So, for this the final part of the three-part series, it is finally time to examine the Top 10 Films (Adjusted for Inflation) to see historically what has been most popular with audiences. And the answer (un)surprisingly tends towards the gimmicky, the romantic, the big broad brushstrokes, the zeitgeisty, and the already popular from other mediums…   

10  Snow White and the Seven Dwarfs
9    The Exorcist
8    Dr Zhivago
7    Jaws
6    Titanic
5   The Ten Commandments
4    E.T. – The Extra Terrestrial
3    The Sound of Music
2    Star Wars
1    Gone with the Wind

Gimmickry showcasing of spectacle, especially spectacle unavailable to TV, is important in a number of these films. The Exorcist was full of grotesque effects that TV legally couldn’t replicate. Dr Zhivago and The Ten Commandments showcased the widescreen landscapes TV couldn’t do with The Ten Commandments also being a special-effects extravaganza as well as having the proverbial ‘cast of thousands’. Star Wars was of course mind-blowing when released because of its complete reversal of previous film-making methods involving model-work, and Gone with the Wind was both in the expensive and new ‘glorious technicolour’ as well as being so lavishly produced that a Confederate veteran famously complained of the burning of Atlanta sequence that “If we’d a had that many men we’d a won the damn war!”. Jaws was nearly the pinnacle of the 1970s obsession with shooting on location, 1937’s Snow White was a risky gamble that audiences would accept feature-length animations (you’re welcome Pixar), and Titanic was a monumental folly of integrating huge sets with unprecedented use of CGI.

We criticised Avatar for using broad brushstrokes but many of these films use such a large canvas you’d have needed a damn mop. The difference is craft… Jaws was such a superbly directed suspenser that Hitchcock handed the torch to Spielberg, who then reduced children and their parents to blubbering wrecks with E.T.’s outrageous emotional manipulation. The Sound of Music showcases its joyous musical numbers with a much sharper script that you remember, and Satan Vs Christ is enlivened by a sub-plot of some depth about faith and doubt in The Exorcist. Lean never lost sight of his characters’ emotional truth in Dr Zhivago’s epic landscapes and The Ten Commandments was filled with charismatic performances, while Snow White and Star Wars enacted their simple archetypes with great charm. Gone with the Wind meanwhile successfully melds an intimate love story with an epic backdrop with humour, romance and compelling dramatic grandeur.

I’ve previously argued Gone with the Wind’s release just before the world plunged into World War II was apt as people on the brink of unimaginable horror responded to it as a tale of civilizations swept aside and one strong survivor battling through. Stephen King argued that The Exorcist appealed to parents concerned about losing their kids… and those teenagers, eager for shocks. Jaws was a subtle allegory of post-Watergate political tensions, Star Wars showcased the all-American optimism that had been so lacking in 1970s cinema, while Charlton Heston’s Moses appeared in Eisenhower’s reign as President during which Ike added references to God to both dollar bills and the Oath of Allegiance. Critics meanwhile noted E. T. as one of the first mainstream films that was informed by the new baby-boomer experience of a divorced father’s absence from a middle-class white family and the bitter cost on the children.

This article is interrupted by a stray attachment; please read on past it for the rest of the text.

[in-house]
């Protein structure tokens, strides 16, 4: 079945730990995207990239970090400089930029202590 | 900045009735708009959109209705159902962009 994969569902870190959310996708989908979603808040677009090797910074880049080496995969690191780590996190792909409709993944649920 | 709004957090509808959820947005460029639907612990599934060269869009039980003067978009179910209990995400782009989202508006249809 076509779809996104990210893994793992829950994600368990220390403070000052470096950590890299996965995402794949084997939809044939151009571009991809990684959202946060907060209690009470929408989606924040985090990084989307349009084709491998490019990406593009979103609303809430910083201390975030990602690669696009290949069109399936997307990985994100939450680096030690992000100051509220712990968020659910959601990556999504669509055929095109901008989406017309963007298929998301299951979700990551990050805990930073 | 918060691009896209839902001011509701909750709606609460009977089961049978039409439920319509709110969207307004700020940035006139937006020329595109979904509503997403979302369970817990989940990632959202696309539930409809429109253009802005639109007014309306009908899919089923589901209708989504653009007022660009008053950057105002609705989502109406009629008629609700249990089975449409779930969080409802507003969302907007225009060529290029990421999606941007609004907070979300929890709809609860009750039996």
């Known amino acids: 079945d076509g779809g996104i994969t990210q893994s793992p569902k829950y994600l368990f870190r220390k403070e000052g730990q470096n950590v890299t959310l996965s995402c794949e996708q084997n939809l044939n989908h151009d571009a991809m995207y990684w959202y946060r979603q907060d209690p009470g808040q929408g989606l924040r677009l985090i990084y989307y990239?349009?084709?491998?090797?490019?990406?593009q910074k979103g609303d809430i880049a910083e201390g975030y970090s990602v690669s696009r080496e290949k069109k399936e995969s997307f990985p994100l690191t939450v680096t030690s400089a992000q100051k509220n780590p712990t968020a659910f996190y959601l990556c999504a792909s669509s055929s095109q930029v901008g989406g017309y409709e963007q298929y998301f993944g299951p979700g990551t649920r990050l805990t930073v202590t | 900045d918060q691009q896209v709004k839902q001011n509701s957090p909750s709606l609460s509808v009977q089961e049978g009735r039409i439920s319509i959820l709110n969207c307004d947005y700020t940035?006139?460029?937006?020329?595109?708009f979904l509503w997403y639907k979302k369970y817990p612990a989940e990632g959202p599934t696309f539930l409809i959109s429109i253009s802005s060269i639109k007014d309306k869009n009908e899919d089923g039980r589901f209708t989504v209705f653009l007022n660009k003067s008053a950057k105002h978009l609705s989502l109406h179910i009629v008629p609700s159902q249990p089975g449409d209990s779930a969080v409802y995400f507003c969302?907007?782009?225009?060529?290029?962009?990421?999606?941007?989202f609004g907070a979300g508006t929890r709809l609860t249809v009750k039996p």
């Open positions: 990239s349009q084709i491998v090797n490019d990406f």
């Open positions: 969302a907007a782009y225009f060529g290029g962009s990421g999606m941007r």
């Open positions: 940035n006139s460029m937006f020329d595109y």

A number of these films were adapting already popular material. Snow White was a universally beloved fairytale, while The Exorcist, Dr Zhivago, Jaws and Gone with the Wind had all been bestselling novels, and Cecil B DeMille was dramatising the Bible. Robert Wise was adapting a hugely popular stage musical from the reigning kings of Broadway, while Star Wars drips with archetypal elements from Joseph Campbell’s rummaging thru the heroic legends of the world’s ancient cultures, and everyone thought Titanic was clichéd in the way Avatar was clichéd in its use of over-familiar story tropes, and on top of a famous event to boot. E.T. is the only original script here which would have been completely unpredictable to audiences. Perhaps the decline of reading as attention-spans collapse has eliminated the universal reception possible to films in the past, especially Gone with the Wind whose casting of Scarlett O’Hara was as protracted and famous as it was simply because so many people already had their image of Scarlett from reading Margaret Mitchell’s book. The new impossibility of gathering a monolithic audience in any sphere of entertainment means no film will ever top Gone with the Wind.

Oddly enough for an age that regards romance as a structural necessity regrettably foisted onto blockbusters or the stock-in-trade of the worst genre in the world (rom-com) we find romance dominating half these films. Snow White is the idealised fairytale romance, Omar Shariff and Julie Christie are thwarted lovers married to the wrong people in David Lean’s swooning 1965 epic, while forbidden romance again figures in Maria’s transformation from nun governess to beloved stepmother of the Von Trapp family, and Titanic is the archetypal American romance between an uptown girl and the boy from the wrong side of the tracks. And of course the most tormented, dysfunctional, sweeping romance of them all stands at the very zenith. “Our love is epic”, Logan Echolls told Veronica Mars, “Epic?” “Epic. Spanning continents and decades. There’s betrayal, bloodshed and heartbreak. Epic.” And damn if Epic Love isn’t still the top film of all time. From the Golden Age of Hollywood comes the mythic love story of Scarlett O’Hara and Rhett Butler’s romance while the Confederacy burns around them.

Titanic is the only film made since 1982 on the list. Seven of these films overcame television, with Titanic also defeating the ubiquity of video which removed the urgency of seeing something ‘only in theatres’, but we are now at an historic low for cinema-going. Why is a question for future postings…